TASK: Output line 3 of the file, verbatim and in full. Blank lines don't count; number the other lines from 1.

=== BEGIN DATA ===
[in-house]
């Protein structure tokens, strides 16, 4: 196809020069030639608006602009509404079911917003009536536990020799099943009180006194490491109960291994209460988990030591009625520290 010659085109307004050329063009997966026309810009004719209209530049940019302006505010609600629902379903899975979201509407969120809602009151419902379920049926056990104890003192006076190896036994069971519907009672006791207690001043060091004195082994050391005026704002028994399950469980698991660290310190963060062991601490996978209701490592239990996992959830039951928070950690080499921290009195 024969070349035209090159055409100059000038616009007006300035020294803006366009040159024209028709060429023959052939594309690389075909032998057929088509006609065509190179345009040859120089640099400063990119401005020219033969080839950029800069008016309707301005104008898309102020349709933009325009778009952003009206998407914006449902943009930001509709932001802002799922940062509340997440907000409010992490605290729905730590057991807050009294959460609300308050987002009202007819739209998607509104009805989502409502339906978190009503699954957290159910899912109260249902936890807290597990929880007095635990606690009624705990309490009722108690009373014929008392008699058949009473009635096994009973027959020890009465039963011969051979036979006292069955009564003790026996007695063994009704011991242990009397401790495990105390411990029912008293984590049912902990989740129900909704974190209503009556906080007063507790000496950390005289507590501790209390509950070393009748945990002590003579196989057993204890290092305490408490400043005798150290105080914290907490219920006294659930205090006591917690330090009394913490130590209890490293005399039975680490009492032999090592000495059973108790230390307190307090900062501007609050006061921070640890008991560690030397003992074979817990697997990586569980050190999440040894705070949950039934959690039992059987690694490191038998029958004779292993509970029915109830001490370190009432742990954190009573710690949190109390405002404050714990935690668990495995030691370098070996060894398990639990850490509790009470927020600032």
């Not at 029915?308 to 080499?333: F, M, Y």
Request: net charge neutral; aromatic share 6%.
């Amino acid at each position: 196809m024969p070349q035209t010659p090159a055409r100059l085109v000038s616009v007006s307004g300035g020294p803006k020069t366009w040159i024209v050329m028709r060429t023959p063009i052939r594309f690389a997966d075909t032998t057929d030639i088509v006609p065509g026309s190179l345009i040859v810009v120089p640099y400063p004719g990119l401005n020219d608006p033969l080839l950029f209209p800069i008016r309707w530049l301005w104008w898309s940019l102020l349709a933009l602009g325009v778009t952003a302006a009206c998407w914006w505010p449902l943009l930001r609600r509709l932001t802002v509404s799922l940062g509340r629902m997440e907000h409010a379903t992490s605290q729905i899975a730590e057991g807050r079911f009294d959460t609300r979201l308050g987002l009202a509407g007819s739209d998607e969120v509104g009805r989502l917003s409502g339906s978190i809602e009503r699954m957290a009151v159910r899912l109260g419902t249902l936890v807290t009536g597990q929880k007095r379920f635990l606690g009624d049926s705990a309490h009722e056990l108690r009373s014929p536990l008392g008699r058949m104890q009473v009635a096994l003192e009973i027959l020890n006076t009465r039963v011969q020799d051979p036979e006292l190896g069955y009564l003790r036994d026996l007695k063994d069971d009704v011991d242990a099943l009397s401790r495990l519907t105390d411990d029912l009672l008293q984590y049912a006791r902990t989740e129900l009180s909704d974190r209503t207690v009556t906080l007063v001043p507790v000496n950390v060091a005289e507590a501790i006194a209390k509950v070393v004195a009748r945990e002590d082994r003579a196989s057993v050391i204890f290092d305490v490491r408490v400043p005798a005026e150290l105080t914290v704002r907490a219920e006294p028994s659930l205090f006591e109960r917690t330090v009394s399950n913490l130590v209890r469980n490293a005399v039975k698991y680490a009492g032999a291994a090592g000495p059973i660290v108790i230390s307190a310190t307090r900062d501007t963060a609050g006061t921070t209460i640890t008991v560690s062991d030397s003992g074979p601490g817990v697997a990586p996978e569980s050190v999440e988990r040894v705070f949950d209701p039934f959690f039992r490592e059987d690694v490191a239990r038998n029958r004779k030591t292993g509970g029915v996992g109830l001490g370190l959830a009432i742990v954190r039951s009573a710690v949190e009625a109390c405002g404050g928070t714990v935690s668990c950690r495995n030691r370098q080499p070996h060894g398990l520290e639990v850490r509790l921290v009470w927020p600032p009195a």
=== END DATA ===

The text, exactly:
């Not at 029915?308 to 080499?333: F, M, Y």